Any marketing effort that hopes to land on target must be launched from a solid brand platform. When you devise your brand strategy, you’re actually making a business case for why your restaurant should be positioned in a particular way. You’re sleuthing out your true competitive advantage, the reason your market will want to march right past your competitors and walk in your door. And, just like a political party runs on a platform made up of declared policies called planks, so is the brand strategy defined by a set of declarations – also called planks. But just what are these planks in the brand platform?


Plank #1 – Market Definition

Your market is more than just your customers. Your market is composed of every group whose perceptions of your restaurant are important to its future success. So yes, that means customers, employees, and vendors, etc. But it also means financiers, competitors, regulatory agencies, the press and more. It’s important to list all these groups, being careful not to omit anybody. When completed, you can look at that list and know … that’s your market. These are the people you have to reach with your messaging. You can’t afford to run multiple marketing campaigns to all these different groups. Nobody can. You’re going to need proper positioning to ensure that any marketing messages you run will authentically resonate with all of them – equally well.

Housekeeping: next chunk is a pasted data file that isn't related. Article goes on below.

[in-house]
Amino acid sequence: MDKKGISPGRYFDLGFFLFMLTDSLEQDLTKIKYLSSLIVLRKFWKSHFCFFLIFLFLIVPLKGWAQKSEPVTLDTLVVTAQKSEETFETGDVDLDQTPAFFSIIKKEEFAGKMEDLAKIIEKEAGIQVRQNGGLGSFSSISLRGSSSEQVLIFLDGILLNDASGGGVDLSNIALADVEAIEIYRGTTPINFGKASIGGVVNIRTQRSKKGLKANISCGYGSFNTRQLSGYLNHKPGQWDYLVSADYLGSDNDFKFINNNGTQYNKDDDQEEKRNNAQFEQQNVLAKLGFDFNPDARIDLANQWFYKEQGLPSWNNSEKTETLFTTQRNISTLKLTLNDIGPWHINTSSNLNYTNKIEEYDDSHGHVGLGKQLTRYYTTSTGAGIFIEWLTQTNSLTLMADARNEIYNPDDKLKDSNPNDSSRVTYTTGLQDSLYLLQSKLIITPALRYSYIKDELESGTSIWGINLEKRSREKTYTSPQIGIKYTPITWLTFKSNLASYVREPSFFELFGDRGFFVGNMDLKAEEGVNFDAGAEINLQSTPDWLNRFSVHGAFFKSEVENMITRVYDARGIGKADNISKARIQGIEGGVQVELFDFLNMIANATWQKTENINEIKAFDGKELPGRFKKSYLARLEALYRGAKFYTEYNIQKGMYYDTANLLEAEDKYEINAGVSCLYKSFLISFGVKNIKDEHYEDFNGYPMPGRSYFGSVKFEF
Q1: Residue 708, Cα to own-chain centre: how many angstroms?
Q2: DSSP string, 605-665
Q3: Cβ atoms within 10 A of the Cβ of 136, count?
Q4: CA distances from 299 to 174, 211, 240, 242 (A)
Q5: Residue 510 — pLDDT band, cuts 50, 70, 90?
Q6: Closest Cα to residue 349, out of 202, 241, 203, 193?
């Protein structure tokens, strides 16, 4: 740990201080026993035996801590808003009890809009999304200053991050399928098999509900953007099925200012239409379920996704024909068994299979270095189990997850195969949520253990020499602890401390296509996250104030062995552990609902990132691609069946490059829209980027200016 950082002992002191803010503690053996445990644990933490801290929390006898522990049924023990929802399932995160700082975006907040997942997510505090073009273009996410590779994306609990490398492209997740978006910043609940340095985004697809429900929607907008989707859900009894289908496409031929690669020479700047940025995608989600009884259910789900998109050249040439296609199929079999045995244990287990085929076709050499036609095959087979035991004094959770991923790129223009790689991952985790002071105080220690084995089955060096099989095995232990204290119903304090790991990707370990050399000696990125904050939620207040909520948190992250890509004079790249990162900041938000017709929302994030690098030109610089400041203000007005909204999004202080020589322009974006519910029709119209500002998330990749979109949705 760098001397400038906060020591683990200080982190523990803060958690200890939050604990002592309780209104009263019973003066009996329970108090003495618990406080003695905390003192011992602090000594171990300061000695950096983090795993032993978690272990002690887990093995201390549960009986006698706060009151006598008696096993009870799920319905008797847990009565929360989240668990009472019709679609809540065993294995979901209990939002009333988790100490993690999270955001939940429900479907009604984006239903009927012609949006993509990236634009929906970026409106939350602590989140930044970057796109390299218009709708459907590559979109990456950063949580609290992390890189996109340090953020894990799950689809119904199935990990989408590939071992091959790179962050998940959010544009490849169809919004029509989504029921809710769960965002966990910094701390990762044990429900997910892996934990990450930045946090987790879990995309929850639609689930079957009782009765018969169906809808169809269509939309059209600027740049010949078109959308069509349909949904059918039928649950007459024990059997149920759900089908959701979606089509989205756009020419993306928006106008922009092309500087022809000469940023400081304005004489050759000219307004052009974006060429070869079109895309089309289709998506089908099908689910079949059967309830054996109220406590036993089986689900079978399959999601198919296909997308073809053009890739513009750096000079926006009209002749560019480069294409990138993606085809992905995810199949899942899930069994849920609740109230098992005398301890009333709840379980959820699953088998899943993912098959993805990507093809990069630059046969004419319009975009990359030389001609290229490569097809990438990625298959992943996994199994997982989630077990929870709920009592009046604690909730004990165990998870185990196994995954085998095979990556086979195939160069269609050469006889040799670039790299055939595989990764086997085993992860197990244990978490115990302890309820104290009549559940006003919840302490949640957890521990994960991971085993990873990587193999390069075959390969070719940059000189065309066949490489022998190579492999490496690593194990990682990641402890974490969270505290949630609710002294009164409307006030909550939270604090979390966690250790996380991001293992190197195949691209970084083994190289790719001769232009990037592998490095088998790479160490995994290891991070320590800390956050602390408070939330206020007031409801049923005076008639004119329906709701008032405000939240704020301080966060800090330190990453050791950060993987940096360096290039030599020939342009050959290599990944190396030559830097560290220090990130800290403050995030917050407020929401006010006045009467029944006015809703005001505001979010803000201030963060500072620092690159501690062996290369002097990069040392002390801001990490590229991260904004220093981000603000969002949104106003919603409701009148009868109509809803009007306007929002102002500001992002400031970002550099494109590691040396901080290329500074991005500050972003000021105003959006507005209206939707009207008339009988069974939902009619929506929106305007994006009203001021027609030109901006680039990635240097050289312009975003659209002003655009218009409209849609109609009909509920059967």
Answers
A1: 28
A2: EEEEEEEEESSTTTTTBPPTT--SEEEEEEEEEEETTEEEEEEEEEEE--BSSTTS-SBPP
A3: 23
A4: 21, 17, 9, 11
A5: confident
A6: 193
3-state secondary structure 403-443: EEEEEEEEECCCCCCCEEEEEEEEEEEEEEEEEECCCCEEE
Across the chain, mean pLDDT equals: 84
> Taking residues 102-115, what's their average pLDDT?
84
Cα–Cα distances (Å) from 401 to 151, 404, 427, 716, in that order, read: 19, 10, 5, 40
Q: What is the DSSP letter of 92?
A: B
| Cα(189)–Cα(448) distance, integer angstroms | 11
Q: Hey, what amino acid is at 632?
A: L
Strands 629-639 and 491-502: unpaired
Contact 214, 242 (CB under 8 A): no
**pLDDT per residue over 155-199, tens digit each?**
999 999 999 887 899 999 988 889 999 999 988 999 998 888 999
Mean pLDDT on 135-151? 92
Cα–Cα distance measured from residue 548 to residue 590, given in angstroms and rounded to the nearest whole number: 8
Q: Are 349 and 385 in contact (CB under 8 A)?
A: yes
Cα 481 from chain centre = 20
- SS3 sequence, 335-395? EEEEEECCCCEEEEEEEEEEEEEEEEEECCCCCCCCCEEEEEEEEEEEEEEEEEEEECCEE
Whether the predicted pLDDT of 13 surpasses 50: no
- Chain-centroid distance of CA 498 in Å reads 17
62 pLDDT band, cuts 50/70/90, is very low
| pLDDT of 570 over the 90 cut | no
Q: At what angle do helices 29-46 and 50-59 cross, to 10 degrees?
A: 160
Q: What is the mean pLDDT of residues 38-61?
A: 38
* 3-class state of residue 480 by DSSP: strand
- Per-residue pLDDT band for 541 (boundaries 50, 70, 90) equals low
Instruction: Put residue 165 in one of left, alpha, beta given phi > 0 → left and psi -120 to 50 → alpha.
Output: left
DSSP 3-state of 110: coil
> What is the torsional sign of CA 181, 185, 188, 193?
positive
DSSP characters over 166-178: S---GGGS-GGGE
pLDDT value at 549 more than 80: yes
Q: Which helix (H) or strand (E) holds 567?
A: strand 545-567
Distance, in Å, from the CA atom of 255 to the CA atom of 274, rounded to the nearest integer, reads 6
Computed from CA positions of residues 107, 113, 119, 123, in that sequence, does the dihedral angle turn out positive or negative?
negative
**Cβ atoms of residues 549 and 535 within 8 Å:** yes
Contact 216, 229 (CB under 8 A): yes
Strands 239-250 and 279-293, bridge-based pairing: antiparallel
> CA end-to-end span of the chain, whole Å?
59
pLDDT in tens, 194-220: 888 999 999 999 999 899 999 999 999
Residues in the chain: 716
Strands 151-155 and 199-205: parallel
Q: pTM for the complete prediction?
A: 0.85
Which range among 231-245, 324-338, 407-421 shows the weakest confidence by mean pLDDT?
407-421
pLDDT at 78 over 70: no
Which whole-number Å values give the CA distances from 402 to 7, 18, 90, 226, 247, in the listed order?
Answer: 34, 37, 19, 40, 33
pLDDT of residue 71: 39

Plank #2 – Purpose statement

Now that you can “see” your market all on one piece of paper, you have to look at your restaurant through their collective eyes. Ask yourself: What purpose do you serve in the life of that market? Think of your restaurant as a “tool” that your customers use for the purpose of achieving some sort of result. What is that purpose? Do people patronize your establishment because they want a taste of Italy? Do they come to relax in a casual, homey environment? Do they lunch there because it’s guaranteed they can get in and out super fast?

If you try to guess at the answers, you’ll only get obvious, superficial results. To get to your deeper, true purpose, conduct some one-on-one interviews with sample members of each group that forms your market. They’ll give you the insights you need. For instance, while doing their own research, McDonalds learned their purpose, to a large extent, was to deliver uniformity from one location to another; to provide familiarity and comfort in a complex, bewildering world. Now they spare no effort to deliver exactly that, much to the satisfaction of many American travelers. That’s the level of understanding you want to get to. When you have the real picture of why people eat at your place, write a formal purpose statement from your market’s point of view, and in your customer’s voice.


Plank #3 – Brand Promise